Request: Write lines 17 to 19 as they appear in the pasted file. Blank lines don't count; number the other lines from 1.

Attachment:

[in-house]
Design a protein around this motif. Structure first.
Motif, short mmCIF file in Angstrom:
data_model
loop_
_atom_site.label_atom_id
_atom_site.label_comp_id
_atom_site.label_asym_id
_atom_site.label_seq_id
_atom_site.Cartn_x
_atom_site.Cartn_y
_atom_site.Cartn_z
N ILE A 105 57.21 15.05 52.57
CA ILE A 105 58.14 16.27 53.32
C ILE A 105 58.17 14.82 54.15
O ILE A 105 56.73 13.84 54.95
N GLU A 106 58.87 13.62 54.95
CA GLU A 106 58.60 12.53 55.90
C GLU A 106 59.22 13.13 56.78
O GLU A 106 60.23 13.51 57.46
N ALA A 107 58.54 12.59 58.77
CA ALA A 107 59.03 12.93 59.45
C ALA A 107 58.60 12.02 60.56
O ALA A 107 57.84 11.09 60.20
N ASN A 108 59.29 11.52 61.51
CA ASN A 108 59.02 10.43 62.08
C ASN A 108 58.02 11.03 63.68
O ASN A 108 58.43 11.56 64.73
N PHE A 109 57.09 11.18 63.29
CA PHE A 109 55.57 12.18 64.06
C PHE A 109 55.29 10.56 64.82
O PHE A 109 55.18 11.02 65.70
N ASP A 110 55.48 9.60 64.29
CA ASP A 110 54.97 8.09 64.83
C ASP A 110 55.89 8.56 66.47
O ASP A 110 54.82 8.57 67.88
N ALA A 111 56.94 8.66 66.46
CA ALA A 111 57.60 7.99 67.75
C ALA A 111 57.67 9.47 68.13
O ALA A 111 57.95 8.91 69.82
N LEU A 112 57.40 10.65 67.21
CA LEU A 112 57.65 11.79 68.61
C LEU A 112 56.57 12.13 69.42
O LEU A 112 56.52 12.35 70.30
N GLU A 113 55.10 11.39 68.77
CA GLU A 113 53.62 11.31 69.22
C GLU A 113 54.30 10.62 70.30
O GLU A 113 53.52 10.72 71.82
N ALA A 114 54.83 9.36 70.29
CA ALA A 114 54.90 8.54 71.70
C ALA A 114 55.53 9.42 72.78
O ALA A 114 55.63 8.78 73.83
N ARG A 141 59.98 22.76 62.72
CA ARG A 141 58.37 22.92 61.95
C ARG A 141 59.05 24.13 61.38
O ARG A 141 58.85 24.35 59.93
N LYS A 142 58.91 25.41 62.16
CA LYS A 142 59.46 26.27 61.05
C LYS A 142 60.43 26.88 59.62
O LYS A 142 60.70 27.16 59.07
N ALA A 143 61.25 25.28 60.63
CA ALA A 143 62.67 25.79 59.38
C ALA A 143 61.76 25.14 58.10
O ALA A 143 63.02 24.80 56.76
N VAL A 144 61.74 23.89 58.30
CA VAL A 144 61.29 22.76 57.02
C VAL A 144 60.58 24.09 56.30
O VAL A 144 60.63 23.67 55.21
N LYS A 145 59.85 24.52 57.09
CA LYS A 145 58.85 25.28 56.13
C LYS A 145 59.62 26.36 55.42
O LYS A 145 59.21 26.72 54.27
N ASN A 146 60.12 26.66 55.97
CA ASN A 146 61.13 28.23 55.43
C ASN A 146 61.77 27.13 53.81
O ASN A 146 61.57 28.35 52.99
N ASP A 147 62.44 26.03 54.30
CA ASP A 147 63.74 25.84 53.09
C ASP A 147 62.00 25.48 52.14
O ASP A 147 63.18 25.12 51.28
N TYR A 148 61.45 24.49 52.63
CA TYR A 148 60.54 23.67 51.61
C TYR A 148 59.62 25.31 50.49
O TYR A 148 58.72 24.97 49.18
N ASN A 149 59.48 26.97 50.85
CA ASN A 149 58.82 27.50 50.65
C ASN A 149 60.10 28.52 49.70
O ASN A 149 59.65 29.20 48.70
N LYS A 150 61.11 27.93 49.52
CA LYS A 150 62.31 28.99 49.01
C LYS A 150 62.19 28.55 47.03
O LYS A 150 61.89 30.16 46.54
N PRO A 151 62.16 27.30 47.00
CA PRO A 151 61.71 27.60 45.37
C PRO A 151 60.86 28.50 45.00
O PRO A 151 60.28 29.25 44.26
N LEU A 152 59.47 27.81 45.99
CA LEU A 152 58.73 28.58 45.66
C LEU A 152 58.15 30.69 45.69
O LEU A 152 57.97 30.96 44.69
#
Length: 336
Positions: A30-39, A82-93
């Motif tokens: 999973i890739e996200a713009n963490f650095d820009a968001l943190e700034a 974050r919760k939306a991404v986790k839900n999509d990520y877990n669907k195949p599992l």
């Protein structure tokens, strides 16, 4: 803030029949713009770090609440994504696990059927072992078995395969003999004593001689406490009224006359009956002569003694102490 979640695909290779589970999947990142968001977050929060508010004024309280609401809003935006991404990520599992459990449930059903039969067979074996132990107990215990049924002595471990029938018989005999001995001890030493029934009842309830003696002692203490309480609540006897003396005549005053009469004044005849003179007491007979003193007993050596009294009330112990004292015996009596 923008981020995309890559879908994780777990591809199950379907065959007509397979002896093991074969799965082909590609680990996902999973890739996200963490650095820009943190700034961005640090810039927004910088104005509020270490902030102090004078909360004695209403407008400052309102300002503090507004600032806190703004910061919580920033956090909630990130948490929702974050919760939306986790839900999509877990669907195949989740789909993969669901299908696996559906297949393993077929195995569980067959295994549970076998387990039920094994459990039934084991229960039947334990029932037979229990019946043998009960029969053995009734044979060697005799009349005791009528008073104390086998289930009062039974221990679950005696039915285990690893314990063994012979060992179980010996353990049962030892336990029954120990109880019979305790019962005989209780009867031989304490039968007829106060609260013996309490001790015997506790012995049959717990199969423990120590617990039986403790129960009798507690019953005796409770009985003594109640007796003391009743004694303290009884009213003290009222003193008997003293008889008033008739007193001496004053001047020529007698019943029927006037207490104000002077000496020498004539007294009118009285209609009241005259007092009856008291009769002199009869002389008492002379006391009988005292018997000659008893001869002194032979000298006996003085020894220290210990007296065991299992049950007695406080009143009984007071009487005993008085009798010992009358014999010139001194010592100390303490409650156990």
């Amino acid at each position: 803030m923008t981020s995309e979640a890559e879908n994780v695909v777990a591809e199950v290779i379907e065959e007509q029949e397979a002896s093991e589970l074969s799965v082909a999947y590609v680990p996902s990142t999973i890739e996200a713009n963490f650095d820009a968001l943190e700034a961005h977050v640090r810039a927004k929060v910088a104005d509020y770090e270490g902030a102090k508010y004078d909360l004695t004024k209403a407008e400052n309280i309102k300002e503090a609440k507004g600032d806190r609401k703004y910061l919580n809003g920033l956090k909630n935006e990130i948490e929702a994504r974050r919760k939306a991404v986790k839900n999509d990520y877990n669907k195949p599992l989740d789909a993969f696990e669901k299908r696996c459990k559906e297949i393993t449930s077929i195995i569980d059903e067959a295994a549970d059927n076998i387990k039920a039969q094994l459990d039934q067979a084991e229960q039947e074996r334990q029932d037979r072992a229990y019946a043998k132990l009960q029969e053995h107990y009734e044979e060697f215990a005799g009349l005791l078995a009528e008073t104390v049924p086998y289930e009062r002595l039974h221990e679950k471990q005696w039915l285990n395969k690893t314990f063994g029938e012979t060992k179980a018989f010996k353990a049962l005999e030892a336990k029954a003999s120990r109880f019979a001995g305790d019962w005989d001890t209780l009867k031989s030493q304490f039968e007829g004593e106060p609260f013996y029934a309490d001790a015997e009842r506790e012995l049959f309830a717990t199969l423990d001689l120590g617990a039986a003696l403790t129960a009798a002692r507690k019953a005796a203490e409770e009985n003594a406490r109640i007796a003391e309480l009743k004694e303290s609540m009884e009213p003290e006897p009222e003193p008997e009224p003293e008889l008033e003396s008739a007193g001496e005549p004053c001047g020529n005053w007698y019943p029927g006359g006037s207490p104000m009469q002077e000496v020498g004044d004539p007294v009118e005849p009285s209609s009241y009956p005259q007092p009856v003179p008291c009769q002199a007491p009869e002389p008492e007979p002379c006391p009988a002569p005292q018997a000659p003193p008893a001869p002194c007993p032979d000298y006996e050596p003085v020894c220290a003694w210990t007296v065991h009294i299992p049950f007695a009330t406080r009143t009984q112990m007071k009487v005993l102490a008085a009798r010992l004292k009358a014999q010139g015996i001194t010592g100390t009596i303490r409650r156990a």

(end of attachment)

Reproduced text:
N GLU A 106 58.87 13.62 54.95
CA GLU A 106 58.60 12.53 55.90
C GLU A 106 59.22 13.13 56.78